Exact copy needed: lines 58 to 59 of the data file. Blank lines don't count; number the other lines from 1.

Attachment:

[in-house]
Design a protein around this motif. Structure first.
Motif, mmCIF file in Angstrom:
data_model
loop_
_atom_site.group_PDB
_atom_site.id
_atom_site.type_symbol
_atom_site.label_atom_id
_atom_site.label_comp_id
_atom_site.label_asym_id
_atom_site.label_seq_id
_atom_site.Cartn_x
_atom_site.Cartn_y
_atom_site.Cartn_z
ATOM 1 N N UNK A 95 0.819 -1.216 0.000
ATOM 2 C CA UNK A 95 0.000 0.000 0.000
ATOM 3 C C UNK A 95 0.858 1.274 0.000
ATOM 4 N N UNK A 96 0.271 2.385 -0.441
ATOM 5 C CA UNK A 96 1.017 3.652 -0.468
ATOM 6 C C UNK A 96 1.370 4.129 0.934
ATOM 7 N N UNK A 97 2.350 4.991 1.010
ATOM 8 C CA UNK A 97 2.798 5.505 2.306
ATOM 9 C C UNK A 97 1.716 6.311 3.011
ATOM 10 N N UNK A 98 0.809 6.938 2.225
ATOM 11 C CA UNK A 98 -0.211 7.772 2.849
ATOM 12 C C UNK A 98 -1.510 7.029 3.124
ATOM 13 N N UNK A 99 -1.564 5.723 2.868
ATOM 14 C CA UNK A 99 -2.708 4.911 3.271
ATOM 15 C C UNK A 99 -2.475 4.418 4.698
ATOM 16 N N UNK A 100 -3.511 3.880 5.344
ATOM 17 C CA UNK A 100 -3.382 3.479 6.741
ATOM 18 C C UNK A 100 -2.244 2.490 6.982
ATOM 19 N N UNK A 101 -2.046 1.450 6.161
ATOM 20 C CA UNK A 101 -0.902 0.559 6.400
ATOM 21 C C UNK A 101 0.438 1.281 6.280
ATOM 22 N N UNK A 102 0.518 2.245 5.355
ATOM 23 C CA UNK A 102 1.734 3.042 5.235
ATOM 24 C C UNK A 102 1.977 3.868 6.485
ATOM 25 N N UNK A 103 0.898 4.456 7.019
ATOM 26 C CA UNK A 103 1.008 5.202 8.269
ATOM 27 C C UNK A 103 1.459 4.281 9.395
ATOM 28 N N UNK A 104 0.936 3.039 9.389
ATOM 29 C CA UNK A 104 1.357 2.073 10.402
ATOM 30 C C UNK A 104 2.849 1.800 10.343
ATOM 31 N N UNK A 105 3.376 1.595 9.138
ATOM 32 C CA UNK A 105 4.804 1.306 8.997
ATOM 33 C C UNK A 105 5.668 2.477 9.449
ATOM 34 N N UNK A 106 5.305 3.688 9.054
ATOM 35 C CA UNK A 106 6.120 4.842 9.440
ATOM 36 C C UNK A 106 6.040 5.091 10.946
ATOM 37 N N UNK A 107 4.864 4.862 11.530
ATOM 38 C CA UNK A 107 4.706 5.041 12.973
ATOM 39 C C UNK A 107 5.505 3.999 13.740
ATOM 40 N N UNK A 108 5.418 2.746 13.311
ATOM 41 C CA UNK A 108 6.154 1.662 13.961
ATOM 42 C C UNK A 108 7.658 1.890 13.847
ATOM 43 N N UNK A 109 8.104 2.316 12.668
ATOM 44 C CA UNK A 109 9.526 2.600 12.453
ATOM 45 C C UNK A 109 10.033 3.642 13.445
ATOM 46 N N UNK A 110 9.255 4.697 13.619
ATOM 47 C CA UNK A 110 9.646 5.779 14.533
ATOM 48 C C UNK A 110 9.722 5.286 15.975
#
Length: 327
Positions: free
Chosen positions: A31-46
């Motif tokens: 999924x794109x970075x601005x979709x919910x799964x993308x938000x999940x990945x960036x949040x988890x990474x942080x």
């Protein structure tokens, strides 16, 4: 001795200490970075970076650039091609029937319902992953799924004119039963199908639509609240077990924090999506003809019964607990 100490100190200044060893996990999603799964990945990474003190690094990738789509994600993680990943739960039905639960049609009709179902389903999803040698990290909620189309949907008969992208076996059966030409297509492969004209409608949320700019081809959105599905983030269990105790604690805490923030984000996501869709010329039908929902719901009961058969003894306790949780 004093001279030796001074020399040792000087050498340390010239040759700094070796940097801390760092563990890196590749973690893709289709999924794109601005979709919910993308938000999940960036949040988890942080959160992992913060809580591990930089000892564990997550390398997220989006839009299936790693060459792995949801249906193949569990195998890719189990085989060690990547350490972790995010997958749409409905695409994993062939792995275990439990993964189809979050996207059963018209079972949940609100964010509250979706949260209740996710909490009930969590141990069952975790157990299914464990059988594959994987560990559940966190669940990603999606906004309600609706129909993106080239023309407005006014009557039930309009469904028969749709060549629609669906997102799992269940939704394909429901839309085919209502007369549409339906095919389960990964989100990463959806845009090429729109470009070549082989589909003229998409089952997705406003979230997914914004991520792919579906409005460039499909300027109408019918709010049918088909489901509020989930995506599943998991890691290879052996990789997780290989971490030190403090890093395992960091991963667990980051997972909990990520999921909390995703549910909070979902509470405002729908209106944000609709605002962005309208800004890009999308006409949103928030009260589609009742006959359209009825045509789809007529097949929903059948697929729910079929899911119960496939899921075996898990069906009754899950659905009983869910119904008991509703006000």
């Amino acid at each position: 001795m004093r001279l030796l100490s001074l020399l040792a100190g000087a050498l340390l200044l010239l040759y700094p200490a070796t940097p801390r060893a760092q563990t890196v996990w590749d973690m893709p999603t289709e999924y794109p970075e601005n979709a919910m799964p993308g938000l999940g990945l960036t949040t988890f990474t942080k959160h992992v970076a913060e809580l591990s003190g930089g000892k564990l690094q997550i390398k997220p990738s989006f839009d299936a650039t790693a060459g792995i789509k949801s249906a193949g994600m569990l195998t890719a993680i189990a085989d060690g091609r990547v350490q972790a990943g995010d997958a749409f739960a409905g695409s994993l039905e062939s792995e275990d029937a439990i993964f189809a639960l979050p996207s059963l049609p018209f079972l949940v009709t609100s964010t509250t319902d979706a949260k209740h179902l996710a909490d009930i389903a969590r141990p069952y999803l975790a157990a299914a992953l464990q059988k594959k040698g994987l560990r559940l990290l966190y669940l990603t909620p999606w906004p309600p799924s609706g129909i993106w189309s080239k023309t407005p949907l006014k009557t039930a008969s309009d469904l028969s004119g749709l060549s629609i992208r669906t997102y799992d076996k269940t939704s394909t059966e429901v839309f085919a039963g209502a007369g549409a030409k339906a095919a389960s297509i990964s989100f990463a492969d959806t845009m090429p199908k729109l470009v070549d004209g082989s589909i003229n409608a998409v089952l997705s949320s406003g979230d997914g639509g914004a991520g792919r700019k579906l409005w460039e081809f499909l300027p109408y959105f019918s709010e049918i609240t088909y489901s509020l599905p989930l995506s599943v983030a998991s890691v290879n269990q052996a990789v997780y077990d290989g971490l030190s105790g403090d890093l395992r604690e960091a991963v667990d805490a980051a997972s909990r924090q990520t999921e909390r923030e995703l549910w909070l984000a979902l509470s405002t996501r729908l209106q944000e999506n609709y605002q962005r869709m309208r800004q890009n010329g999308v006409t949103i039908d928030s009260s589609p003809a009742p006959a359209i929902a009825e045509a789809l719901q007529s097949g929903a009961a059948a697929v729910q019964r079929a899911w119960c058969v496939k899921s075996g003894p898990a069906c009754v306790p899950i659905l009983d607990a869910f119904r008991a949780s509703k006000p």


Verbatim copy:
ATOM 43 N N UNK A 109 8.104 2.316 12.668
ATOM 44 C CA UNK A 109 9.526 2.600 12.453